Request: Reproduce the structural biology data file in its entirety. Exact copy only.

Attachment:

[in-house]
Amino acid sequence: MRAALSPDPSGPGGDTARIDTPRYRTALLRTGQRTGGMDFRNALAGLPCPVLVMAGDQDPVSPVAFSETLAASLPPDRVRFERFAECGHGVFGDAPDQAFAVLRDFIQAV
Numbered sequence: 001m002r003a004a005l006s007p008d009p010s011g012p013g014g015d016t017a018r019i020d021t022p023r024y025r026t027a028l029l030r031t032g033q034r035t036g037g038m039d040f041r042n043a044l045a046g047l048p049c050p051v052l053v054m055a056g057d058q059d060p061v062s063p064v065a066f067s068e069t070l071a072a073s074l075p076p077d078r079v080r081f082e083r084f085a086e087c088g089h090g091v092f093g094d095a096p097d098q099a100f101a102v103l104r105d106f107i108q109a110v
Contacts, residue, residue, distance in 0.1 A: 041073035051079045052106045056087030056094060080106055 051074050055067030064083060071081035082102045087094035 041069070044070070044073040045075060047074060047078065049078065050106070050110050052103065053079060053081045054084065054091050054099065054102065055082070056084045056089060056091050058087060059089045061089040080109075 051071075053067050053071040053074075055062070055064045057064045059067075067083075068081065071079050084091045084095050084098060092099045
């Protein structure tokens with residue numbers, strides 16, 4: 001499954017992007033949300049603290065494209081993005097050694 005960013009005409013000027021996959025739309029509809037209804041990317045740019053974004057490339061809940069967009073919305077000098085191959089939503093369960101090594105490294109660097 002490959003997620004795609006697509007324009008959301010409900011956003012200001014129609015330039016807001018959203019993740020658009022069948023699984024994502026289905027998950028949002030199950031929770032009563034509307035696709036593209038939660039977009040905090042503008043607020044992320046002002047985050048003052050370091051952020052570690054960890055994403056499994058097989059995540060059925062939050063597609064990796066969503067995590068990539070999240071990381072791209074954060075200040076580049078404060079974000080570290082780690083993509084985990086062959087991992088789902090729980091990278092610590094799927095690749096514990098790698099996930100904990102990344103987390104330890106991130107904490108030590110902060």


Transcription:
[in-house]
Amino acid sequence: MRAALSPDPSGPGGDTARIDTPRYRTALLRTGQRTGGMDFRNALAGLPCPVLVMAGDQDPVSPVAFSETLAASLPPDRVRFERFAECGHGVFGDAPDQAFAVLRDFIQAV
Numbered sequence: 001m002r003a004a005l006s007p008d009p010s011g012p013g014g015d016t017a018r019i020d021t022p023r024y025r026t027a028l029l030r031t032g033q034r035t036g037g038m039d040f041r042n043a044l045a046g047l048p049c050p051v052l053v054m055a056g057d058q059d060p061v062s063p064v065a066f067s068e069t070l071a072a073s074l075p076p077d078r079v080r081f082e083r084f085a086e087c088g089h090g091v092f093g094d095a096p097d098q099a100f101a102v103l104r105d106f107i108q109a110v
Contacts, residue, residue, distance in 0.1 A: 041073035051079045052106045056087030056094060080106055 051074050055067030064083060071081035082102045087094035 041069070044070070044073040045075060047074060047078065049078065050106070050110050052103065053079060053081045054084065054091050054099065054102065055082070056084045056089060056091050058087060059089045061089040080109075 051071075053067050053071040053074075055062070055064045057064045059067075067083075068081065071079050084091045084095050084098060092099045
């Protein structure tokens with residue numbers, strides 16, 4: 001499954017992007033949300049603290065494209081993005097050694 005960013009005409013000027021996959025739309029509809037209804041990317045740019053974004057490339061809940069967009073919305077000098085191959089939503093369960101090594105490294109660097 002490959003997620004795609006697509007324009008959301010409900011956003012200001014129609015330039016807001018959203019993740020658009022069948023699984024994502026289905027998950028949002030199950031929770032009563034509307035696709036593209038939660039977009040905090042503008043607020044992320046002002047985050048003052050370091051952020052570690054960890055994403056499994058097989059995540060059925062939050063597609064990796066969503067995590068990539070999240071990381072791209074954060075200040076580049078404060079974000080570290082780690083993509084985990086062959087991992088789902090729980091990278092610590094799927095690749096514990098790698099996930100904990102990344103987390104330890106991130107904490108030590110902060």